By so doing, we learned what foods were appropriate for all and which caterers could meet our joint requirements. Our meeting schedule also included time for Isha, the sundown prayers of Muslims.

A year and a half later, we held our Muslim-Baptist dialogue day. Coincidentally, we gathered shortly after the bombing at the Boston Marathon.

We began with a generous meal that all participants could enjoy, and then continued with presentations and guided conversations, with Muslims and Christians at every table. More than 100 people, who had never participated in such interfaith discussions before, filled the room.

That event was vital in helping participants move into our larger believing world. I believe even more significant was the deepened trust and friendship that developed among those of us who planned the event.

Such moments of peace and growing mutual understanding are significant in our troubled world.

Persons commit vicious and violent acts, often claiming their faith motivates them. Suspicion of others grows, and retaliation takes various shapes and forms.

Public policies are based on our worst suspicions of the other – policies about military engagement, immigration, travel and more.

Places of worship are vandalized. Students (even children) and co-workers are subjected to suspicion and harassment when another act of violence occurs.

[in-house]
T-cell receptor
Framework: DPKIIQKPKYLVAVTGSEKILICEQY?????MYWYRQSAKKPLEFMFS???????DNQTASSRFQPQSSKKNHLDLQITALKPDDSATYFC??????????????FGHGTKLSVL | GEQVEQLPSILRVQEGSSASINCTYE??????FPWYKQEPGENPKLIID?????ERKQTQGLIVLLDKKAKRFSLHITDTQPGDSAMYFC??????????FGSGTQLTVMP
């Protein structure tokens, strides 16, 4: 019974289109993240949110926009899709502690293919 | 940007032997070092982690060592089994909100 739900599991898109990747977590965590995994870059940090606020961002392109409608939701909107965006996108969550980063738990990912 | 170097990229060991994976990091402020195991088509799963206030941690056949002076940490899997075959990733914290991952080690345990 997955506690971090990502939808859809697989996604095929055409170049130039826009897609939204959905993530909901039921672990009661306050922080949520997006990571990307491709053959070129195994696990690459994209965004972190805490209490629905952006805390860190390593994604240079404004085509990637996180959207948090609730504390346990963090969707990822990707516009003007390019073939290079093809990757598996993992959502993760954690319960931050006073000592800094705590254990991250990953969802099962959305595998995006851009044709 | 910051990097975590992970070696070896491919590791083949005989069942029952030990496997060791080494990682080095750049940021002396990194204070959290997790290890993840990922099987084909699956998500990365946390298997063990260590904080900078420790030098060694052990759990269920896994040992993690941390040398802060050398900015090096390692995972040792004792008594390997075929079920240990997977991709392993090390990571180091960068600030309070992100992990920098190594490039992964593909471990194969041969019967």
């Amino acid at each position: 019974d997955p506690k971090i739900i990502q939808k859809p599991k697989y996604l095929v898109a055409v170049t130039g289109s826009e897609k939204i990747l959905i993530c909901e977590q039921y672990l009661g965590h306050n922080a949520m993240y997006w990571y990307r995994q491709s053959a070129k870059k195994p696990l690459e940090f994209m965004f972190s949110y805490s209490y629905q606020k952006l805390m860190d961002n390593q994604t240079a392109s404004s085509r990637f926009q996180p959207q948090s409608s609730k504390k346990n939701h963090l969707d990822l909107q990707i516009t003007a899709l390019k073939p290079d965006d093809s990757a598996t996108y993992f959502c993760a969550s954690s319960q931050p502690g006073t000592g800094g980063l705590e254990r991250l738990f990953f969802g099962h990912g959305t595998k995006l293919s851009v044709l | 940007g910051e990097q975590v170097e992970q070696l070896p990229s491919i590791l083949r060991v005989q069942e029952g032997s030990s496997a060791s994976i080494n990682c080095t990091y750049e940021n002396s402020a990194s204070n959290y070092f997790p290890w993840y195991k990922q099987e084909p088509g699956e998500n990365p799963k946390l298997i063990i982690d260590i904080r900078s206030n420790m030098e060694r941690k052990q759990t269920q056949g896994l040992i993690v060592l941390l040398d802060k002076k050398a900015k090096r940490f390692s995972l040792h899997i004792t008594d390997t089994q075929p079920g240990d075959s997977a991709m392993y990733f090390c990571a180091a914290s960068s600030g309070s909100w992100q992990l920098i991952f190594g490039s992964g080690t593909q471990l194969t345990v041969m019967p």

We must learn to think clearly about who is responsible for such events, and, even more important, who is not. We need to get to know one another, to form authentic relationships, to build the rudiments of trust.

I seek to do so as a Christian, molded by Jesus’ love for me and the world and striving to follow his example and teachings.

As I read the gospels anew – seeking to see Jesus in his own interreligious world – I find passages jumping out at me, leading me to new insights.

I see Jesus teaching, healing and providing for people from wide geographical areas.

He responded compassionately to diverse people, including Romans, Canaanites and Samaritans – all groups with long histories of political and religious conflict with Jews.

As we consider the fast-changing religious scene of our day, we are called to explore Christ-like ways of relating and conversing with others whose religious (and spiritual-but-not-religious) beliefs differ from our own.

It won’t always be comfortable, but the invitation is compelling, and the need is real if we want to take Jesus’ example seriously in an increasingly multifaith world.

Richard P. Olson is retired from Central Baptist Theological Seminary in Kansas, where he was distinguished professor of pastoral theology. Olson chaired the planning committee for the ABCUSA-sponsored Midwest Baptist-Muslim Dialogue event. He has authored 17 books with various publishers.

Editor’s note: This article is excerpted and adapted from the introduction in Richard P. Olson’s book, “Side by Side: Being Christian in an Interfaith World” (Valley Forge, PA: Judson Press, 2018), which is available here.